America’s Cold Civil War

“Dictatorship naturally arises out of democracy, and the most aggravated form of tyranny and slavery out of the most extreme liberty.”

– Plato

So many millions of people have been duped into believing Donald Trump’s Big Lie that he won the election, it seems as if we’re reliving the North-South hatred over slavery. We know how that ended.

This debilitating division among Americans has devolved to the point at which some Republicans curry favor with Trump for fear of not being elected, not because they admire him. That’s how much control he exerts. More courageous others have urged his supporters to seek emancipation from a mendacious madman who wants nothing more than to be America’s first dictator.

Our country is fighting a cold civil war, with the Republican side hurling absurd epithets at the Democrats, charging them with being socialists and destroying our lives when in fact they’re trying to do the opposite with trillions of dollars. Their childish antics and statements are right out of a schoolyard.

This distracting civil war is cold until, as on Jan. 6 at the Capitol, it gets hot and people die. The Republicans, as they do about most things, lie about the events of that day and praise as patriots the would-be revolutionaries acting under false pretenses conceived by a turncoat president. He celebrated one of them, Ashli Barrett, shot to death by a cop as she stormed the building, as an “incredible person.”

Does this make her a martyr for a treasonous cause?

Republican Sen. Chuck Grassley of Iowa, 88 and in Congress since 1981, is running for re-election to an eighth term. He had no misgivings about accepting Trump’s endorsement at a recent rally in his home state, the former president standing at his side. He has criticized Trump in the past.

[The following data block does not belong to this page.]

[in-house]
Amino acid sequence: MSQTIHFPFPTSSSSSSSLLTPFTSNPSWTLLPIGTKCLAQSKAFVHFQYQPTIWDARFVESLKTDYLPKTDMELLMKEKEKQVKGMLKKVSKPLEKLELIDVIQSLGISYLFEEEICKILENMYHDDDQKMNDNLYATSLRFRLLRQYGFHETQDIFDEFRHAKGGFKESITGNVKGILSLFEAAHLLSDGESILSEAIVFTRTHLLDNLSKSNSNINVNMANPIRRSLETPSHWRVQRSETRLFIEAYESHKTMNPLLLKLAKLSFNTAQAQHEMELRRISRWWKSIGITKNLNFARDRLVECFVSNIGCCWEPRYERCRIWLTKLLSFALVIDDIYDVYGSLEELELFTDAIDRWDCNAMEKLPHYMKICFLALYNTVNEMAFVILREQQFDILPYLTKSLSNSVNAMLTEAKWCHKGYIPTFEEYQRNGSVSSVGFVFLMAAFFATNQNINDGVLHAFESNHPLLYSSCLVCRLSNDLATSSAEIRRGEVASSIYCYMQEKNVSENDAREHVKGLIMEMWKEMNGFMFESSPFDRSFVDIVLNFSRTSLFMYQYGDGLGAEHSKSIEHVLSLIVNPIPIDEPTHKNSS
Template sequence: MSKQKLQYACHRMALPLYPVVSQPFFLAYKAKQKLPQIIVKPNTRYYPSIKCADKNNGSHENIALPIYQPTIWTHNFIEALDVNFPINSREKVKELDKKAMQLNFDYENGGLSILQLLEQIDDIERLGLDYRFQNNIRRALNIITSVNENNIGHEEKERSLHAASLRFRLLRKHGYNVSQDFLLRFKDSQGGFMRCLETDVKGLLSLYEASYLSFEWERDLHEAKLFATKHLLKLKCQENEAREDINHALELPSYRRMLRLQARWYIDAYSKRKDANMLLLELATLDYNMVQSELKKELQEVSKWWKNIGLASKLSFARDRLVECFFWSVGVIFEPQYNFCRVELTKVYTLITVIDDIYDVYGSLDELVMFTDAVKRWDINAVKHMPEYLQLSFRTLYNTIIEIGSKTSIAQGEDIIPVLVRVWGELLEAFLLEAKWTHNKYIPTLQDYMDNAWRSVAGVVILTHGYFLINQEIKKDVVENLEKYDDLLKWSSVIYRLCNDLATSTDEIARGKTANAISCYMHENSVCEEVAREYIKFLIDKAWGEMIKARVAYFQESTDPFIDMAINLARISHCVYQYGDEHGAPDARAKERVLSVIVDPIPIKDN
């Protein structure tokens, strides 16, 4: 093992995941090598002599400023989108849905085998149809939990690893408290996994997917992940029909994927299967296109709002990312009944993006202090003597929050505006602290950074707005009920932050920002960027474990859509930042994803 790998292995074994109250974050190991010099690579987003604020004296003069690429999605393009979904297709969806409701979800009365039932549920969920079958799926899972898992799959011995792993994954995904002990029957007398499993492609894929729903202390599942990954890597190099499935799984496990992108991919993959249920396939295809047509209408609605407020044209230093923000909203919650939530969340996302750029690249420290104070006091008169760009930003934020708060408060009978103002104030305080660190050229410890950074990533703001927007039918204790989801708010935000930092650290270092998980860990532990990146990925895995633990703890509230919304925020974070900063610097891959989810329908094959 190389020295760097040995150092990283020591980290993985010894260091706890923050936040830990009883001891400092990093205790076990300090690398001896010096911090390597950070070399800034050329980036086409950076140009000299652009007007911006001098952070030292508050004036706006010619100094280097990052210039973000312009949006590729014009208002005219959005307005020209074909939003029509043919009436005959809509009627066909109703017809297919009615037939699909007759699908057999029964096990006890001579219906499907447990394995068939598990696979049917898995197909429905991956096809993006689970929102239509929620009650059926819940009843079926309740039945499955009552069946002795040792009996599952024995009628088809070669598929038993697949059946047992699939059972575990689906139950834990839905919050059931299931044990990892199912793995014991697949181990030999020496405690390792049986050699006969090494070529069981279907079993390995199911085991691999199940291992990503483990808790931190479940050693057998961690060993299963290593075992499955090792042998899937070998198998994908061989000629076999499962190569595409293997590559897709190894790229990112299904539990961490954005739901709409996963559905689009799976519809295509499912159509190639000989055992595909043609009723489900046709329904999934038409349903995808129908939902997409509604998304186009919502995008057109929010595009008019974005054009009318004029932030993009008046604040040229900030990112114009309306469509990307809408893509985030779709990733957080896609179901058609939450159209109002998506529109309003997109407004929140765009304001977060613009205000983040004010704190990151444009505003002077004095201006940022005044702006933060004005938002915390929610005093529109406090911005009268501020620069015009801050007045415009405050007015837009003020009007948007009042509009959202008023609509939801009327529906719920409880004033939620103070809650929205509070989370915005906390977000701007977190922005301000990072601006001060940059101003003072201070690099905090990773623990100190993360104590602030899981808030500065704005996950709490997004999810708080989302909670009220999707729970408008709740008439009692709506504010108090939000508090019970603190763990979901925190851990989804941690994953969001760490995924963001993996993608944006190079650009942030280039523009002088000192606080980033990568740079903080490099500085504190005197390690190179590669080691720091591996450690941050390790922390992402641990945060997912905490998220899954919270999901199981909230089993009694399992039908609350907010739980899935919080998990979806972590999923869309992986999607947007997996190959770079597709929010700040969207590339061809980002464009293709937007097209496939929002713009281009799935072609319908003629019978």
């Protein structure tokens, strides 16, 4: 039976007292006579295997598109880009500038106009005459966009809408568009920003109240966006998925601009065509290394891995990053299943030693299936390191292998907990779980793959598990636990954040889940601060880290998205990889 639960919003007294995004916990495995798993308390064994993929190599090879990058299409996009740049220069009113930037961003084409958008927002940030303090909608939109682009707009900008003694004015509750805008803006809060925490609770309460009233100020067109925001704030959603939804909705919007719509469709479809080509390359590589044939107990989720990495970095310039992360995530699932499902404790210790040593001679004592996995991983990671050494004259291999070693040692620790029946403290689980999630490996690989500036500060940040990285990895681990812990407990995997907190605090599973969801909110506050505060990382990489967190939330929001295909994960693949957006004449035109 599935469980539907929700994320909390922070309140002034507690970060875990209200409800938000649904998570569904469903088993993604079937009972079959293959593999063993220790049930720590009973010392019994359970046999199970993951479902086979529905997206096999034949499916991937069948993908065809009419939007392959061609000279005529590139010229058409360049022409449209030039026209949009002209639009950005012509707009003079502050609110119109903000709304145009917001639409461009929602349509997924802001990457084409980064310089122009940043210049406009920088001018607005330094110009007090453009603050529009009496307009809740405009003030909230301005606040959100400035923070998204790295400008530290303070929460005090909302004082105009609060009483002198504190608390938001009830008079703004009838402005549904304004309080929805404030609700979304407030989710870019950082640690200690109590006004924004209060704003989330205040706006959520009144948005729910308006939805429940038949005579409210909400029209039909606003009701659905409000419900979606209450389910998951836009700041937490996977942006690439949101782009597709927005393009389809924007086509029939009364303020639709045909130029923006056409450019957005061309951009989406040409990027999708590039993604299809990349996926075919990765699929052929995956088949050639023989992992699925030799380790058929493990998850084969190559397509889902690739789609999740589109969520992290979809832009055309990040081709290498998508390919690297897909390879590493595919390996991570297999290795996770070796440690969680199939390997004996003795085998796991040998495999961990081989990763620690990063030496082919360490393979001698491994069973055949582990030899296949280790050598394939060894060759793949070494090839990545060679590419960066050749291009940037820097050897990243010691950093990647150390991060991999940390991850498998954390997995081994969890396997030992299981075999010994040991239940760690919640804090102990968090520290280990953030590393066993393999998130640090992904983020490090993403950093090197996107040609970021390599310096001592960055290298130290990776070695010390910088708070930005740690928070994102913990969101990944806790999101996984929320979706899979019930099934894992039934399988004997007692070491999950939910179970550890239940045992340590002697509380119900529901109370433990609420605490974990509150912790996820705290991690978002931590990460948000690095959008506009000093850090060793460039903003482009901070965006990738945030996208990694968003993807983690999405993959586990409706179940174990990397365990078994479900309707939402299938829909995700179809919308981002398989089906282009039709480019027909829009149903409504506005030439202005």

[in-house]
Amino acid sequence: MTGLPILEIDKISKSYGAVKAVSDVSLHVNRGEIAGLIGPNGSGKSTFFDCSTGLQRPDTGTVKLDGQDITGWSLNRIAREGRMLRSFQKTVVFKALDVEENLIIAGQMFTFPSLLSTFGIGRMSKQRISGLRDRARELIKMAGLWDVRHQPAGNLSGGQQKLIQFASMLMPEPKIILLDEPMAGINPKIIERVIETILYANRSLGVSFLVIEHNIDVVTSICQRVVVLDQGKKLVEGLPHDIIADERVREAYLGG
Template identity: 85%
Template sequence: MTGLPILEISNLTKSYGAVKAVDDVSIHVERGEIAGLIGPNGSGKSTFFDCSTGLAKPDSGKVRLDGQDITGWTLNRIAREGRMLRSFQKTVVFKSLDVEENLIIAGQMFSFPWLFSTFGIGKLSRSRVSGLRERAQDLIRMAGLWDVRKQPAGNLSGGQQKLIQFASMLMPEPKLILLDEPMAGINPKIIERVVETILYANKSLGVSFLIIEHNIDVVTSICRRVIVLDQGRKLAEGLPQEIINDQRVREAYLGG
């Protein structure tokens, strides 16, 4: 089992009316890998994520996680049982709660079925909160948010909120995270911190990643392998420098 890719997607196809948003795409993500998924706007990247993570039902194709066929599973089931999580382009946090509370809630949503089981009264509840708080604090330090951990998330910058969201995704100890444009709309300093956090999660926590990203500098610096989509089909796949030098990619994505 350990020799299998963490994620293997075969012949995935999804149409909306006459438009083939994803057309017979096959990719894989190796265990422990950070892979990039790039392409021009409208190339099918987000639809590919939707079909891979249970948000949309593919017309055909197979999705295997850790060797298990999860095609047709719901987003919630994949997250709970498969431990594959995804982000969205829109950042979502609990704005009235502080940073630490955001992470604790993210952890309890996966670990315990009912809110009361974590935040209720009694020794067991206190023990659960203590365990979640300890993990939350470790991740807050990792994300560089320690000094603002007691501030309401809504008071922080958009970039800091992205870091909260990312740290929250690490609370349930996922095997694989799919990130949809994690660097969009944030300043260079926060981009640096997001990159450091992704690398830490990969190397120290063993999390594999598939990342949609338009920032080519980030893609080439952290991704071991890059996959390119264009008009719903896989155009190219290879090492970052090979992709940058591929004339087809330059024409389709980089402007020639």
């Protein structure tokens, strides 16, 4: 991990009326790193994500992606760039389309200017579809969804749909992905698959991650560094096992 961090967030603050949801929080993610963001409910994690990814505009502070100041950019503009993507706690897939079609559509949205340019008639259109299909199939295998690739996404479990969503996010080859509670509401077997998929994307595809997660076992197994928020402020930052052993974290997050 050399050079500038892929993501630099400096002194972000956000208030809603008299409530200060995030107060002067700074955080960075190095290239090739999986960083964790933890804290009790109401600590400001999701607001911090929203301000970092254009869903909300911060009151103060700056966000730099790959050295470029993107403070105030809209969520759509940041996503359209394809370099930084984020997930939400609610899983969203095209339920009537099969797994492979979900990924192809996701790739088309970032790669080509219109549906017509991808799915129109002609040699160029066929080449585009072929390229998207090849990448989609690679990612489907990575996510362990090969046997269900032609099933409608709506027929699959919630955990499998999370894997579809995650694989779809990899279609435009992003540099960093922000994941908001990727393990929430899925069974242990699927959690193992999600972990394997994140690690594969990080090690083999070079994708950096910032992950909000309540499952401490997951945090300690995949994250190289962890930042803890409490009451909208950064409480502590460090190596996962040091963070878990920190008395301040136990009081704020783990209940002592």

“I was born at night, but not last night,” Grassley told the crowd. “So if I didn’t accept the endorsement of a person who has 91 percent of the Republican voters in Iowa, I wouldn’t be too smart. I’m smart enough to accept that endorsement.”

This is a good example of the depth of fear of Trump among Republicans in office or seeking election if someone with so much experience in the party of Lincoln bowed so low to one of the most despised men in America. Shame. No wonder the Republicans can’t get rid of him.

It can’t be for anything else but the desire to cling to perceived power. And Trump has accumulated power by virtue of the simple fact that 71 million people voted for him. So hanging onto his coattails may give the Republicans hope they can regain power even though Trump lost both houses of Congress and the White House in 2020.

Trump’s appeal to the voters, Rep. Adam Schiff, D-Calif., told Kara Swisher of The New York Times in a podcast last week, “is that he doesn’t make much of an effort to say that he’s not corrupt. Instead, he tries to say everyone else is corrupt.  . . .

“But I’m corrupt, and I’m your corrupt guy,” Schiff mocked him. “I hear you, those others they look down on you. And if you can persuade someone, however falsely, that the other side looks down on you, you will never win over their support. And so I think Donald Trump gave a daily dose of poison into the body politic.”